Rush singer and bassist Geddy Lee spoke in an interview with Rolling Stone magazine and mentioned how he was inspired by Led Zeppelin bassist John Paul Jones.

He said that ‘he was such an influential player in my life’. Here’s the statement:

“First of all, he’s an incredibly lovely guy. If you ever have the opportunity to sit down with one of your heroes, it’s never an easy situation — it’s always a bit nerve-racking, and you never know what to expect.

John, for example, was perfect for me because a) he was such an influential player in my life; b) he plays what I consider the greatest period of Fender Jazz Bass, a ’62, on all those early ZEP albums; and c) he’s a lovely guy. He’s the perfect combination of someone to interview.

He continued:

He took my request very seriously. I sent him a letter saying, ‘Here’s what I’m doing. I would love to sit down with you for an hour and talk about your first or favorite instrument.’ He showed up at my place in the U.K., paid for his own taxi, brought two basses with him, came over for the afternoon. He originally used this bass that he no longer owned.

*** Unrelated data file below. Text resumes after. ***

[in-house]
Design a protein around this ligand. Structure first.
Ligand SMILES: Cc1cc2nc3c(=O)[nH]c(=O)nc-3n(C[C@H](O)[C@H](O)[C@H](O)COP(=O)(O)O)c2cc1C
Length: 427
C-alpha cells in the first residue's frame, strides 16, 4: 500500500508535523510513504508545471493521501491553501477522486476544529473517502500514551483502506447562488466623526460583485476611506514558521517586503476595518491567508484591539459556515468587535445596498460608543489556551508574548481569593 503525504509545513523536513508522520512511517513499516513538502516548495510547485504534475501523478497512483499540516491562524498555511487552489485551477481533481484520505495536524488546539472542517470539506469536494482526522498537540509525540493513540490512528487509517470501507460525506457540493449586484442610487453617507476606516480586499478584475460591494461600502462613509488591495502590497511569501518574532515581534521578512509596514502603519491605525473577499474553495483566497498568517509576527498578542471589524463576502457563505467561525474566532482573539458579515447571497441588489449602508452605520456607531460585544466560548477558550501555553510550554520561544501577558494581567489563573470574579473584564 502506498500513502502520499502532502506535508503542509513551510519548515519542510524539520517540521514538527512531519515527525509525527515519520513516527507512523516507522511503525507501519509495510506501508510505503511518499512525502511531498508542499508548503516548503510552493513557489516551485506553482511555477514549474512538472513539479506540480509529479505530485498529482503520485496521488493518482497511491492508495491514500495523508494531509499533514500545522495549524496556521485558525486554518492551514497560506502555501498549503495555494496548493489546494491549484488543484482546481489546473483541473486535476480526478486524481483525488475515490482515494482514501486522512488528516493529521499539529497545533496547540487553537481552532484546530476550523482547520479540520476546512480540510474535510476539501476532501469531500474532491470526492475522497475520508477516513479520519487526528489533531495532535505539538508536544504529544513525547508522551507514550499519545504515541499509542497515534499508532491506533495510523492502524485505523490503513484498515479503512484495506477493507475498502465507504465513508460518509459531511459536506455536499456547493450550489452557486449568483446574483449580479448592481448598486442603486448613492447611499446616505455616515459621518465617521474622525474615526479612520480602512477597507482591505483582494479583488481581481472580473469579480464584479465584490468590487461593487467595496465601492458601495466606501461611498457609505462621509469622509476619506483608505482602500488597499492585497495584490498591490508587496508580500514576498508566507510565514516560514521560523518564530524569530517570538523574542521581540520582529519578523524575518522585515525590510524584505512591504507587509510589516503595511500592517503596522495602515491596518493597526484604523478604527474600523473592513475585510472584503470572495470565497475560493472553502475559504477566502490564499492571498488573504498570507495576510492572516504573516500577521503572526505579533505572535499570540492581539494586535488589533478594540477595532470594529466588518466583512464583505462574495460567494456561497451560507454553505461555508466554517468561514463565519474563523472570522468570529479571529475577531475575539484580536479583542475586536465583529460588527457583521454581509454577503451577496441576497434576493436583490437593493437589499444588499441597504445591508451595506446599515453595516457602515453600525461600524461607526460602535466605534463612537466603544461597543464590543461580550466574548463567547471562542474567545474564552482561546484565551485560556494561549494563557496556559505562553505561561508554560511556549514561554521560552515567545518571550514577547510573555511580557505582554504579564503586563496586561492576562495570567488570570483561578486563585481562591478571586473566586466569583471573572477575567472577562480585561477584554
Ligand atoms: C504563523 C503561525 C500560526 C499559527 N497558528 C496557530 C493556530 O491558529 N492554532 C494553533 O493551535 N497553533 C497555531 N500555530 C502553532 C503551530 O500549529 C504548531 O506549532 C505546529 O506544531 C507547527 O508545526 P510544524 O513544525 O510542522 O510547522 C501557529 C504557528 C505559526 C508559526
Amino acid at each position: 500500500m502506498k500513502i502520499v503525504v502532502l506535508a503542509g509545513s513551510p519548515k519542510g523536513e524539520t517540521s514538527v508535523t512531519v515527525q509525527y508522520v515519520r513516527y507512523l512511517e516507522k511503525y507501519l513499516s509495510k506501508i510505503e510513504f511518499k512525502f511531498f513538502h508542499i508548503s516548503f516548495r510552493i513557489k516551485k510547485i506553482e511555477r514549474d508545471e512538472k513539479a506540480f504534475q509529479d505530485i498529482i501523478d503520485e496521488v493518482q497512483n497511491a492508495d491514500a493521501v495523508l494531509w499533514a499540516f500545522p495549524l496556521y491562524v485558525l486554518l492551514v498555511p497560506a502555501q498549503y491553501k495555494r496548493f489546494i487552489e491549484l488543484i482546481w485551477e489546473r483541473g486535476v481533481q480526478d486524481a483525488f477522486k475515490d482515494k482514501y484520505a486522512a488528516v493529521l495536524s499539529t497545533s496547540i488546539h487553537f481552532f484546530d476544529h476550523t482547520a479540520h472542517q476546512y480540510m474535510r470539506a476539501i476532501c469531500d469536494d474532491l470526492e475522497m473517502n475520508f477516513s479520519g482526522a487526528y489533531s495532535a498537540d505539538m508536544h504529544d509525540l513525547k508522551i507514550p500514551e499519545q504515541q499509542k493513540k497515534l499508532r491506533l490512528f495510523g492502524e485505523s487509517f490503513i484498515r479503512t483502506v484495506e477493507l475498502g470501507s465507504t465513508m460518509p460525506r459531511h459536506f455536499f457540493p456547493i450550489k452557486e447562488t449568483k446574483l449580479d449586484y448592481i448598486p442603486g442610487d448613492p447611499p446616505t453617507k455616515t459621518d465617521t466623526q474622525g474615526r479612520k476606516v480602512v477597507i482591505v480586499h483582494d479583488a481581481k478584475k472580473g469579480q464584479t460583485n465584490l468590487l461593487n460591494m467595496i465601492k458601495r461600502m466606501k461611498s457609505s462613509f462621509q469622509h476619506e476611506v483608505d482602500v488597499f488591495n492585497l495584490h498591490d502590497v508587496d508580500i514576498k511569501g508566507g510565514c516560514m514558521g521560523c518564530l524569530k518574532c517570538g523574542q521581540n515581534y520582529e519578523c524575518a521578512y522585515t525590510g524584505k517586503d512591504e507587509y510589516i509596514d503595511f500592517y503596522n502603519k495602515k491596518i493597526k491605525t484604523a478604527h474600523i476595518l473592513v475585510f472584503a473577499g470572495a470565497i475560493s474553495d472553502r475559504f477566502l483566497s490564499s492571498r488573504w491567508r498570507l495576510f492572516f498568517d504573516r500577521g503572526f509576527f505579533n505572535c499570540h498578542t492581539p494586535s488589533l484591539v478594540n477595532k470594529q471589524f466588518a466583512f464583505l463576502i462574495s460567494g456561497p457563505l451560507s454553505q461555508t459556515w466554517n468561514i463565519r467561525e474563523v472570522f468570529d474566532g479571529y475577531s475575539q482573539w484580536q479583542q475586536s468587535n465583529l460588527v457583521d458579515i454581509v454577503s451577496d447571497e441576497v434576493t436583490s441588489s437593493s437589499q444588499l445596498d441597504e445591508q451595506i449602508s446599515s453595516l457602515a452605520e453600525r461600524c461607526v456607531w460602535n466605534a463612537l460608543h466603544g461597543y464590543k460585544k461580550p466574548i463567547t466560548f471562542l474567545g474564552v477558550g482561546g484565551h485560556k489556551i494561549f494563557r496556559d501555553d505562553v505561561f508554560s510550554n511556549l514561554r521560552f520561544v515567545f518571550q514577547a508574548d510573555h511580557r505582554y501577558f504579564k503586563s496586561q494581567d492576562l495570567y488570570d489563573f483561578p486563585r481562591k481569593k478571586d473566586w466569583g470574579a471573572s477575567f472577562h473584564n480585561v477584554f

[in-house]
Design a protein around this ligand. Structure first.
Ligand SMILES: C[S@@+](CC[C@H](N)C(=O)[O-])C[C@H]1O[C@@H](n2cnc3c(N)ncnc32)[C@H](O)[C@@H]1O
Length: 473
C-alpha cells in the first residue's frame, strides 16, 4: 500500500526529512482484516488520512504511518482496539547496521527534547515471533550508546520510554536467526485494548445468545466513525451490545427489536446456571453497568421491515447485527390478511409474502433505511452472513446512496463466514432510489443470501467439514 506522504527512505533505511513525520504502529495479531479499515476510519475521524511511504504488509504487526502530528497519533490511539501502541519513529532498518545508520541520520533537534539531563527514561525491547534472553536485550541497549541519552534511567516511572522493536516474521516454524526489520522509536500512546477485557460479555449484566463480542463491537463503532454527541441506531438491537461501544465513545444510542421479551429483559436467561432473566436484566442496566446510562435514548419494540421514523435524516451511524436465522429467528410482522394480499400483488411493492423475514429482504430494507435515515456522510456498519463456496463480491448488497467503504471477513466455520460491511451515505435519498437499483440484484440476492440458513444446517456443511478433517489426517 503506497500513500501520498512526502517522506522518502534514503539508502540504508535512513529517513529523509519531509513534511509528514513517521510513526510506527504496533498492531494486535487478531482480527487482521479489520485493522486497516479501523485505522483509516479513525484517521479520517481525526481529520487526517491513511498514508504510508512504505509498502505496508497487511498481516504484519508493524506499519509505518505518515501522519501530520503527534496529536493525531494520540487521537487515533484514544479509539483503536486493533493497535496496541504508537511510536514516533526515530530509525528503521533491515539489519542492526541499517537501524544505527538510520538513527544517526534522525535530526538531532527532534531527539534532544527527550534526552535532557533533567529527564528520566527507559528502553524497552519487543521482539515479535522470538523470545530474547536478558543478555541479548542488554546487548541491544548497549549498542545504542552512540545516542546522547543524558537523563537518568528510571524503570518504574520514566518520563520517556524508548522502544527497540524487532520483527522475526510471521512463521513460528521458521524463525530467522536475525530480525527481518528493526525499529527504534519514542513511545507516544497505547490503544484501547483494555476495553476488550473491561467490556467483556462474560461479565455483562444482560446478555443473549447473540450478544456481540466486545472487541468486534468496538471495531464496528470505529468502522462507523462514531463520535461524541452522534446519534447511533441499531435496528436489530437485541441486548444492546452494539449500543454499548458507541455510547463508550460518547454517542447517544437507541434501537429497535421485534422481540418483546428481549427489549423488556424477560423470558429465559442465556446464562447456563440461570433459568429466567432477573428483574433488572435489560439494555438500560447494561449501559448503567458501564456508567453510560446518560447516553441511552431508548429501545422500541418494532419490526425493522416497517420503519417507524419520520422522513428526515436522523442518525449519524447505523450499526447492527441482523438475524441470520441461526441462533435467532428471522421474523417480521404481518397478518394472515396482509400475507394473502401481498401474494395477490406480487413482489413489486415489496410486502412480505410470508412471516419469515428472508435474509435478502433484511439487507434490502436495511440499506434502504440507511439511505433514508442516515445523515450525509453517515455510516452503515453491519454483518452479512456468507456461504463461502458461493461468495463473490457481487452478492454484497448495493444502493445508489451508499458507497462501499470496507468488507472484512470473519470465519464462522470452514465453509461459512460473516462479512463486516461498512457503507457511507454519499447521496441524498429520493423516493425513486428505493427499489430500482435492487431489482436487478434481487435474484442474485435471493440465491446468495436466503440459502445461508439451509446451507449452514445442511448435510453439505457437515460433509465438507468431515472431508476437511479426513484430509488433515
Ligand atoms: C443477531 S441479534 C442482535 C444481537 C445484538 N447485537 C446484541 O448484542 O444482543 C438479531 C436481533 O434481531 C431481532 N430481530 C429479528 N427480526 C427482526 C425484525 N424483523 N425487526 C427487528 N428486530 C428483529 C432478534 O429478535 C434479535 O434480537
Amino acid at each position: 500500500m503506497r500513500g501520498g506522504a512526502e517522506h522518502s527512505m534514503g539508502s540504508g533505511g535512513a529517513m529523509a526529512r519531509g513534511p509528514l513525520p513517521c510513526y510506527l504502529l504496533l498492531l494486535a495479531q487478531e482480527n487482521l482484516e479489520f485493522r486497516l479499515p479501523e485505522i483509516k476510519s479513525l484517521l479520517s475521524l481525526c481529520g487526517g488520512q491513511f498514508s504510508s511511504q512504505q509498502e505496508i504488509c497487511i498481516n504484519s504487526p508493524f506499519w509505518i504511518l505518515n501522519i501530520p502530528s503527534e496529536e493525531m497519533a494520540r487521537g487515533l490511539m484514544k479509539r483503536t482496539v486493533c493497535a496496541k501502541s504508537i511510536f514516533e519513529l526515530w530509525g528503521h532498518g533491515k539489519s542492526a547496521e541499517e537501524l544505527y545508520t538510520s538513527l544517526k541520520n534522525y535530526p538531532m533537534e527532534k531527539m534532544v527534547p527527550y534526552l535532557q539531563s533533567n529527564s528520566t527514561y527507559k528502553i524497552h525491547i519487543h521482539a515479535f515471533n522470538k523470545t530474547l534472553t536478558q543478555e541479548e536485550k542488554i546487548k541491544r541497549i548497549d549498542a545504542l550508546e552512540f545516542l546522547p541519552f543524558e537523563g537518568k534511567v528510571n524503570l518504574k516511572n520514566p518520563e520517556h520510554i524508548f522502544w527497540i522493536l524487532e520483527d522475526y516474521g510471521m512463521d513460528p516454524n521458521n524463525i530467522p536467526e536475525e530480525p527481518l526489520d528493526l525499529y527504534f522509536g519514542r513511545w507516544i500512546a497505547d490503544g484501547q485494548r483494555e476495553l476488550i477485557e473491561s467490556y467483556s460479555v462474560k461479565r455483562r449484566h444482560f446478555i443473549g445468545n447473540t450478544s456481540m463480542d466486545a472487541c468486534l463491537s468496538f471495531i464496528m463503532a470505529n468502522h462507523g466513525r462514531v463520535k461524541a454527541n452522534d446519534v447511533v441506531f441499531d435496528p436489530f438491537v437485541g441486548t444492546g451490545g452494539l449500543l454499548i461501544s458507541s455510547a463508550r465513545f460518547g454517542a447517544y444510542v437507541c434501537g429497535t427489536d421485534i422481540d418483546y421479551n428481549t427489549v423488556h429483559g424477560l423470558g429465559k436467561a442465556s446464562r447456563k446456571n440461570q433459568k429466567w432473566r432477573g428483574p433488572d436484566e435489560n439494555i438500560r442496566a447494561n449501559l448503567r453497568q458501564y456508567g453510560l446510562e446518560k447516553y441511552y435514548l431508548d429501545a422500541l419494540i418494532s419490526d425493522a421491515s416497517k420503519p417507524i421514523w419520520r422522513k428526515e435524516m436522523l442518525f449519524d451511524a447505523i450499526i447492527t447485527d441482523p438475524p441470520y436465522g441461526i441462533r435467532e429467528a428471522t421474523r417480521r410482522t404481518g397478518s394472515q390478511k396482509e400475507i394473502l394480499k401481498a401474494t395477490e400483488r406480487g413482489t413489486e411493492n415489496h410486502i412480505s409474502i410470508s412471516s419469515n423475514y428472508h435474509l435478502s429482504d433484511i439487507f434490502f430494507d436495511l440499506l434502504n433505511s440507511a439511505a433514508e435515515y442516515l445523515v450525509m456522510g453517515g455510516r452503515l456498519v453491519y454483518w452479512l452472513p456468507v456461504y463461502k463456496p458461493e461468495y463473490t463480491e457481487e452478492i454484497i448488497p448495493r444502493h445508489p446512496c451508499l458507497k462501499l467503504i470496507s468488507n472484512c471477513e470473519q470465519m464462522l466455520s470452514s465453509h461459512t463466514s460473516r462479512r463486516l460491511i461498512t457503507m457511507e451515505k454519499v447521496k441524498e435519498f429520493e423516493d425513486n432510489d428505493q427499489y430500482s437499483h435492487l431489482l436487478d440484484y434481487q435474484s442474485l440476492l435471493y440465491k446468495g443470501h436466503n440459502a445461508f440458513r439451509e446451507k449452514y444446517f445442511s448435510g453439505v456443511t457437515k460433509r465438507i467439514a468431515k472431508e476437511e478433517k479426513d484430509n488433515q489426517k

He actually tracked one down and purchased it so he could show me what his original bass was like. That shows the level of seriousness of the person. We just had a great talk. What I really wanted to get out of people like him and Bill Wyman were their memories and motivation — what was it like in the early ’60s to go shopping for a bass?

We’re talking about basses that are 50, 60 years old now, but there are a few guys around still who knew what was available to a young player in London in the late ’50s, early ’60s. What kind of basses did you dream of owning? How were these basses that are in the book acquired, and could you afford to acquire them? All these bassists began their lives on cheaper instruments, and they made do with what they could get and aspired to these better ones. It was really fascinating.”

Click here to entire interview via Rolling Stone magazine.